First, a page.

The View From Here – The Women’s March on Washington was a symbolic victory but more than symbolism is needed neepresent more than like-minded

Tom Henihan
It is hard to imagine anything positive arising from four years of a Trump administration.

However, only 24 hours after Trump taking the oath as president, an estimated 500,000 people participated in The Women’s March on Washington, outnumbering the attendance at his inauguration by more than two to one.

That it was necessary for these women to march is not a positive outcome in itself: that they felt compelled to show solidarity in such great numbers and mobilized in resistance to the things Trump represents is a definate triumph.

Among those who marched, many are women in their sixties and seventies who were active in the Civil Rights movement, women who once again had to march in defense of the rights they fought for back in the 1960s, rights that protected people from victimization due to their gender, race and sexual orientation.

In a variety of different terms, these women reiterated that they don’t want to return to that kind of America “again.”

Considering Trump’s demeaning comments about women on Access Hollywood and that he promoted and profited from the archaic, objectifying spectacle of beauty contests, there is poetic justice in a half million women drastically outnumbering the paltry attendance at his inauguration and in essence overshadowing what was to be his great moment.

That the Washington march was attended by so many women and at least a million more participated in similar protests across the US and around the world, this illustrates that Trump, as a man and as a president, is completely anathema to a considerable amount of women.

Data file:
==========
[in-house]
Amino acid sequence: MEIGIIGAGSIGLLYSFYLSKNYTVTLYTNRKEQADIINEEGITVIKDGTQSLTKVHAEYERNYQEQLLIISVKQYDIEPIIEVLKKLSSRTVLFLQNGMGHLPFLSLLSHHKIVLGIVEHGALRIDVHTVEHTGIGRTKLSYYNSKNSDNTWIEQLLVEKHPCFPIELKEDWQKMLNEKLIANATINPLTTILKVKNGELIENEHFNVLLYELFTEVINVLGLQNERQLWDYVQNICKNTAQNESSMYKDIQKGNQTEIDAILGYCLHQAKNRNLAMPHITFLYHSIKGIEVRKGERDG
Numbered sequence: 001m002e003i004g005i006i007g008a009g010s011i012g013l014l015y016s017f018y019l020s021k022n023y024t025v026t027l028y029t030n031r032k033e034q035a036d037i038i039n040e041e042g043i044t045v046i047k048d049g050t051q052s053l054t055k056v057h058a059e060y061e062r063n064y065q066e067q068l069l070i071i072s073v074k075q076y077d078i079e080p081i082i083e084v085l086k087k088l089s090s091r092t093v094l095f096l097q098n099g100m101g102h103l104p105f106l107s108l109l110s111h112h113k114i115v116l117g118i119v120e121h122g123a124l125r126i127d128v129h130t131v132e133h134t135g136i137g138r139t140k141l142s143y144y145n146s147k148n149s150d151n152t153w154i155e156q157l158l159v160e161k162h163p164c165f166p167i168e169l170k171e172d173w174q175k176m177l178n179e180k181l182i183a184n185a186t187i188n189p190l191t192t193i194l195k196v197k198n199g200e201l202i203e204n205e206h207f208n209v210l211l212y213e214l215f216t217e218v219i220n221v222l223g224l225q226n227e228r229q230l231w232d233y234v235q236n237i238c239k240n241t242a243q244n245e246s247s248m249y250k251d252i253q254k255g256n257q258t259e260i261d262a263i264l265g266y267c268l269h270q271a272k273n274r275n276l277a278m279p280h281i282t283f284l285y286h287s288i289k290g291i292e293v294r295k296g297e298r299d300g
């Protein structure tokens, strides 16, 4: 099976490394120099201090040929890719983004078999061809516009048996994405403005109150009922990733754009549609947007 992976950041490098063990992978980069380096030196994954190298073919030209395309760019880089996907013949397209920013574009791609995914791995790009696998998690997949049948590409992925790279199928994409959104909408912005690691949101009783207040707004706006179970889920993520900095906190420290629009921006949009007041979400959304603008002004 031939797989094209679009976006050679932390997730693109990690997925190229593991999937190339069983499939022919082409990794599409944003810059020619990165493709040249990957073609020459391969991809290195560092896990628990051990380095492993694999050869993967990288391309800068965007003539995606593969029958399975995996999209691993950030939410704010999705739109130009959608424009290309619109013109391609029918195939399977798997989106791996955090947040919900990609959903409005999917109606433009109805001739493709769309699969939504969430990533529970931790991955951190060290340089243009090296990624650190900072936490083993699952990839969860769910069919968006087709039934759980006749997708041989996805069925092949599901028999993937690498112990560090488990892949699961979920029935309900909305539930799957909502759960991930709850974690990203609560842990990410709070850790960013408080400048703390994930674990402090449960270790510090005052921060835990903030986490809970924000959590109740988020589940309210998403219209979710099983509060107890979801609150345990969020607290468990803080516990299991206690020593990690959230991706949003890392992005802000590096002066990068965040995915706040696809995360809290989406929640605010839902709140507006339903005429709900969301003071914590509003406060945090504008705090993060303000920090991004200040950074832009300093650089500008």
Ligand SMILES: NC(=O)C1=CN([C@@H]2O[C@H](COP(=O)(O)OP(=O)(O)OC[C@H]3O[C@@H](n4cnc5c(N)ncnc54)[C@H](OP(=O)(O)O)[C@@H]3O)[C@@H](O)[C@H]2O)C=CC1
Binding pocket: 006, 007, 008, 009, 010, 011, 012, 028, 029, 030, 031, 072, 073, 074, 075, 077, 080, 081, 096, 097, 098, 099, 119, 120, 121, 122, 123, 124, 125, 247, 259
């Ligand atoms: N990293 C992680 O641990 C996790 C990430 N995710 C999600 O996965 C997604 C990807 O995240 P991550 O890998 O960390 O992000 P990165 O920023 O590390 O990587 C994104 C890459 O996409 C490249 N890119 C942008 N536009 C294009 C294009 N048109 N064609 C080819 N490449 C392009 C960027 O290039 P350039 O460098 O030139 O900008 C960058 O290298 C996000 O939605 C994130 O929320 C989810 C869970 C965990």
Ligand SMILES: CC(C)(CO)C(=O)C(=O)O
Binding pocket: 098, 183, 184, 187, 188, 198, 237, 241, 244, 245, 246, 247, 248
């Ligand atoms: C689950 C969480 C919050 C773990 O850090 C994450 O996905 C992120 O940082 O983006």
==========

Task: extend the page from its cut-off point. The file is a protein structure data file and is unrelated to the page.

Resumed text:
Because they have been the object of his vulgarity and hatred, women recognize that Trump’s offensive bluster is not a public persona, nor is it an augmented facet of just one part of his personality, but more alarmingly it is all there is of the man.

Trump has asserted himself as an abhorrent American archetype, a spoiled child who has replaced the moral equilibrium of right and wrong with the amoral absolutism of winners and losers.

In Trump’s dark, unenlightened world, Americans are being told that the interests of one group or individual is by necessity directly opposed to the interests of others and therefore all must be vigilant and assume an adversarial posture.

Being completely amoral and self-consumed, Trump is in his element in this dog-eat- dog environment and he seems determined to cast America in that image so he can continue to prevail.

Cooperation is intrinsically social yet it need not exclude self-interest. Americans who care about human rights, women’s rights, civility and honesty, who don’t condone sexual assault and mocking people with disabilities, these people also want a good standard of living and a prosperous, secure America.

Conversely, a great many Trump supporters also want security and a good standard of living and are neither misogynist nor racist.

Many are people who have been ruthlessly marginalized, allowed to drift into anomie in physical and social environments that for decades have seen nothing but abject decline.

Any genuine challenge to the Trump regime must incorporate the voices and concerns of many of the people who voted for him.

Otherwise, these marches are just pageantry , offering nothing but the vain spectacle of pious liberals dilating their plumage while preaching to the converted.

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